It might have been a while, and you’re now looking for a reminder that you can still do it. It might be that you’re desperate for some cash and want to make a quick deal. Or you might just be wondering just how little time it can take you to put a picture on the market and land a sale.
Photography is a business not a get-rich-quick scheme and it doesn’t easily lend itself to fast turnovers. But if you are wondering how quickly you can change an image in your hand into money in your pocket, there are a few things you can do to break your own speed record.
Microstock can Sell in Microseconds
Probably the easiest method is to upload a photo to a microstock site. UrbanCow at iStockPhoto, for example, manages a lightbox that shows images which have been downloaded within a day of being approved.
The lightbox currently contains some 12,873 photos and vectors, some of which were sold within minutes of making their appearance on the site.
That sounds like a very simple solution then… and naturally if it were, everyone would be doing it.
The problems begin, of course, with where you begin as a photographer. If you happen to have a commercial stock image available on your hard drive, then the time from upload to sale would be little more than the time it takes to upload it, add the right keywords and description, and wait for approval.
None of these things is going to happen particularly quickly though.
Uploading can be slow and tedious, especially if you’re submitting more than one image. Unless you have a keyword list ready, the research can hold you back a little and isn’t the sort of thing you want to skip past. And worse, the approval period for many microstock sites can last for days.
And that’s assuming you have a sellable photograph ready. If you’re going to create one from scratch to generate some quick cash, then you’ll need to add several more hours to the timescale for preparation, shooting and editing.
So although it’s possible to come across images that sold on microstock sites in milliseconds, once you’ve factored in the time taken to create the image and put it on the site, you could find you’re actually looking at several hours of work and several days of waiting.
To earn a few cents. If it happens.
Cold Calling the Media
Perhaps a better option then is to go for a bigger sale and a smaller market. Instead of putting your image in front of lots of potential buyers, you could offer them to a few selected buyers such as those in the media. (Some publications even print upcoming needs in their latest notes to photographers.)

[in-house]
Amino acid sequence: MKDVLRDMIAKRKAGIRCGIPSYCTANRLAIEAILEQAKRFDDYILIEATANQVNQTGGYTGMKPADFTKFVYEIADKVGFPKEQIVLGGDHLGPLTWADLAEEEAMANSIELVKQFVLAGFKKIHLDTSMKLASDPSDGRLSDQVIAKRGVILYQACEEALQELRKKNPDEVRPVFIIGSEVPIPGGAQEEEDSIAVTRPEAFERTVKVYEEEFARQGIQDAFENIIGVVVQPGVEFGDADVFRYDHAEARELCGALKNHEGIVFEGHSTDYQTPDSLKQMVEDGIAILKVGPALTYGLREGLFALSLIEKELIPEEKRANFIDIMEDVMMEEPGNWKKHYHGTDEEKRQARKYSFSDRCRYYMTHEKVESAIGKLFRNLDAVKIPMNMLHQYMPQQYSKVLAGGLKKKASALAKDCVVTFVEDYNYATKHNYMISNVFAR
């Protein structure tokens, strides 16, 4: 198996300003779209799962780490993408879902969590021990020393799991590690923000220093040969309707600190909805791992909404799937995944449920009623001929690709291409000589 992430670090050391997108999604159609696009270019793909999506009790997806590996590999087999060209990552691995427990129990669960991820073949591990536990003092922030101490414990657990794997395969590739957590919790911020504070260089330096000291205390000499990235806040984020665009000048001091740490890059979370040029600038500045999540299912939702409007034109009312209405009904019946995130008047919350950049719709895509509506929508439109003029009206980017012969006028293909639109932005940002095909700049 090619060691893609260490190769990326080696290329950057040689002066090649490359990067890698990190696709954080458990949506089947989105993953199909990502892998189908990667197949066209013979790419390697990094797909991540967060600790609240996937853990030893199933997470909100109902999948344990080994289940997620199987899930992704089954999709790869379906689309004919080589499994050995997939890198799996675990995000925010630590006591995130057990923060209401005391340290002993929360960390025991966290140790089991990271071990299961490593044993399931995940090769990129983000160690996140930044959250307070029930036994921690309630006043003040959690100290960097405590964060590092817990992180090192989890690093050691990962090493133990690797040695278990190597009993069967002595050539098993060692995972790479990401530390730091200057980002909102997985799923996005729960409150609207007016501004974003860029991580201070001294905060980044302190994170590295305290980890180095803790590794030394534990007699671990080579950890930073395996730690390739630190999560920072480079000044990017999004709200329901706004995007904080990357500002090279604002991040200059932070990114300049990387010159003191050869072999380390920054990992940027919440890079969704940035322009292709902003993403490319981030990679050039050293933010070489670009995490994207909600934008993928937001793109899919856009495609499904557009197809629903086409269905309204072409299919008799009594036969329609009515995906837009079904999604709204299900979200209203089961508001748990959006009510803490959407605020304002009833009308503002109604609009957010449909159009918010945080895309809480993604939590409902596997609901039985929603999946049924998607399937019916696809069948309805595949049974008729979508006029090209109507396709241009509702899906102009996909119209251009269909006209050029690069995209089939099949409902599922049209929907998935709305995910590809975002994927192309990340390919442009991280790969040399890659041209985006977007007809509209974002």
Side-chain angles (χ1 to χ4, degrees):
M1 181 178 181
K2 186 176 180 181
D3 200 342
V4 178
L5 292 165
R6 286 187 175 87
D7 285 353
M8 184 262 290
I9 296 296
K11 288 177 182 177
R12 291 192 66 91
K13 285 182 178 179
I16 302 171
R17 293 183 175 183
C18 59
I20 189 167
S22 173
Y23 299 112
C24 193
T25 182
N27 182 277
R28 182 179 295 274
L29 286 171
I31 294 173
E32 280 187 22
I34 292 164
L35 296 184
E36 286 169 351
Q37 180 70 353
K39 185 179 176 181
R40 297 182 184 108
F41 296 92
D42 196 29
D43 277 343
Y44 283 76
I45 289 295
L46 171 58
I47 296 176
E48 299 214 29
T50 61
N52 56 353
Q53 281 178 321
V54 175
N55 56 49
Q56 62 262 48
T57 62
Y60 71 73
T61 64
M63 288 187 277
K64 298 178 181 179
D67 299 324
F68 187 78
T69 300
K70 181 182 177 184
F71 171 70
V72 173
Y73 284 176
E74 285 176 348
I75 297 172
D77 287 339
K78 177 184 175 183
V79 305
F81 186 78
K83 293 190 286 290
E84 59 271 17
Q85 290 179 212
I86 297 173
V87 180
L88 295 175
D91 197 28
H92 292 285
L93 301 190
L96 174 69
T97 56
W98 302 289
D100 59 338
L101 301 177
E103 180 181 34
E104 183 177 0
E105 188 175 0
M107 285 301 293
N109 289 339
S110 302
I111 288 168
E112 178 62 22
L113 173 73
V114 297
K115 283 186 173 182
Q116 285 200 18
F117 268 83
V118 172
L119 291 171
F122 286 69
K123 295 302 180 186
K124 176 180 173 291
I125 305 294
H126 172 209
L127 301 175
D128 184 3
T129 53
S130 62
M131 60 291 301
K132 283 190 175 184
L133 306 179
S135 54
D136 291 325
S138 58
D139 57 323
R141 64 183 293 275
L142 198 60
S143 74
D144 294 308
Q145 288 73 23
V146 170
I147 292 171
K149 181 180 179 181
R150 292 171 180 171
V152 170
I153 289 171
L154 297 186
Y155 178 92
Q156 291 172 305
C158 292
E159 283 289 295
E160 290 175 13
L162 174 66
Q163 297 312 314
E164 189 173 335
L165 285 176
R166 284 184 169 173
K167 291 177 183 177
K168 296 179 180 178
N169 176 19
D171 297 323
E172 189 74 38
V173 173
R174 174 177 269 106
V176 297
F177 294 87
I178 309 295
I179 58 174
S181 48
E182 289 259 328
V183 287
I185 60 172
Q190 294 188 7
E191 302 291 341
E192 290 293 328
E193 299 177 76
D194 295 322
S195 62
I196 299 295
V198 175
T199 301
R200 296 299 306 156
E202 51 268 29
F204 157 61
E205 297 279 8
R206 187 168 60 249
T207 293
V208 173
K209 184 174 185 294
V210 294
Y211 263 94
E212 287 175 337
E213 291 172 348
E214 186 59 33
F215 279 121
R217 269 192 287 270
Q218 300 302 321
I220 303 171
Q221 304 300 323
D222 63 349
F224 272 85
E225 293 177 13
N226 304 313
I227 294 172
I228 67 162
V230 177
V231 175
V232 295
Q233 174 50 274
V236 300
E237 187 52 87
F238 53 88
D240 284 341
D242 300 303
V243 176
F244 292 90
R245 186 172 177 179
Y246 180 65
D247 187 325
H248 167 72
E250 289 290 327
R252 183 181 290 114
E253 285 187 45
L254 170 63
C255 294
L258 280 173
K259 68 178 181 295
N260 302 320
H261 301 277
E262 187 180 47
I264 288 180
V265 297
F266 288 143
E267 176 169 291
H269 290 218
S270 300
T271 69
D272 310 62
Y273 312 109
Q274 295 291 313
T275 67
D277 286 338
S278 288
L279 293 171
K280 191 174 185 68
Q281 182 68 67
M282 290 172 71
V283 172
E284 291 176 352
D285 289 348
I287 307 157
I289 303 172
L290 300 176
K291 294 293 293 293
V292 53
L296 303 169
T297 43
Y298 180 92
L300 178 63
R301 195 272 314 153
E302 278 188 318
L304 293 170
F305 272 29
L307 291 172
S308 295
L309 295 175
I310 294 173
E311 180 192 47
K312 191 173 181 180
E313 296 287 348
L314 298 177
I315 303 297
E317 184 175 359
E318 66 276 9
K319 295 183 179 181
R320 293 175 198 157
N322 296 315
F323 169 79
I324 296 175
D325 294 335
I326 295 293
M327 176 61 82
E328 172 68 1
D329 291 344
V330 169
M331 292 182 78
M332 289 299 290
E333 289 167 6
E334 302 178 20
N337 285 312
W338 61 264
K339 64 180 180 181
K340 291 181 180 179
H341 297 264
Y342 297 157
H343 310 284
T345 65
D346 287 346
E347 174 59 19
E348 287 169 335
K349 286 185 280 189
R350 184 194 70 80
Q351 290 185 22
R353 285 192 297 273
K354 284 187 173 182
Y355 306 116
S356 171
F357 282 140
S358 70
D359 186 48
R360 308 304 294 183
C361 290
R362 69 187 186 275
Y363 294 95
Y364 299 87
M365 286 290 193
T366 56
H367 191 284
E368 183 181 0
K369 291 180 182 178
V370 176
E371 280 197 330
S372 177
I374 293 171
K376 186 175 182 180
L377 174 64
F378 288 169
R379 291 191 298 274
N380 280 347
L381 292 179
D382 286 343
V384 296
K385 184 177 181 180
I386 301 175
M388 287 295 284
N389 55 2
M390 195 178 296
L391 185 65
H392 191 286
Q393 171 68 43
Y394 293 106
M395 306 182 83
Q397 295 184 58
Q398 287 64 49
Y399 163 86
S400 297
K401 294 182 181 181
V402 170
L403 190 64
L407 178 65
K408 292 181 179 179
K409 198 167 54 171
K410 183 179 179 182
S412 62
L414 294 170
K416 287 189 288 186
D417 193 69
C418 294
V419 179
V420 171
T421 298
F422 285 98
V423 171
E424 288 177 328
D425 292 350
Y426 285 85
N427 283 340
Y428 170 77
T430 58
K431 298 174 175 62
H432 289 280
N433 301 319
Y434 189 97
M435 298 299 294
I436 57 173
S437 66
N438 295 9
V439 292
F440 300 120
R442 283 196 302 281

Magazines though can take weeks to respond to unsolicited queries so you might do better with news outlets, which often have to move much faster. The challenge here will be to create an image of an event that’s important enough for the outlet to need right away… but which the outlet didn’t consider important enough to send one of their own photographers to record.
And you’ll also have to know who to call to pitch the image to.
Speed is important because you never know when people will lose interest in that particular celebrity; the public are fickle. That doesn’t mean… that an old picture of somebody who is famous now wouldn’t be worth a lot; it all depends on the context of the picture. Basically, as a rule of thumb, if you think the celeb wouldn’t be happy about the picture being printed in papers, the more money it would be worth.
Know where a celebrity is hanging out, grab a quick picture (especially one of them doing something they shouldn’t do) and offer it to a paparazzi service then, and you should know pretty fast whether you’ll be getting cash.
It terms of total time taken though, you will have to factor in travel to the destination as well as shooting, editing and pitching. You’ll still be looking at several hours’ work.
Shoot what you Know the Market Wants
What makes earning quick money from photography so difficult is that you’re always trying to predict what the market wants… then hope it makes a decision fast. One way to make that first step a little easier could be to use a bounty service like SpyMedia.com.
This lets buyers publish their needs so that photographers can go out and shoot them. The advantage for a photographer looking to make a quick buck is that you know someone wants it. If you happen to have a dramatic image of a telephone, for example, you could land a sale fast. Or as fast as it takes for the buyer to make up his mind, which might not be very fast at all.
Photography isn’t like making burgers. It takes time to create a good image. It takes a little more time to market it. It often takes a little more time still for a buyer to decide whether he wants to buy it.
There are sales channels which are faster than others and markets which need to move quicker than others. But ultimately, speedy sales tend to come with contacts, experience and the trust your buyers have in your images. That takes time to build too.
[tags]spymedia, microstock, mrpaparazzi [/tags]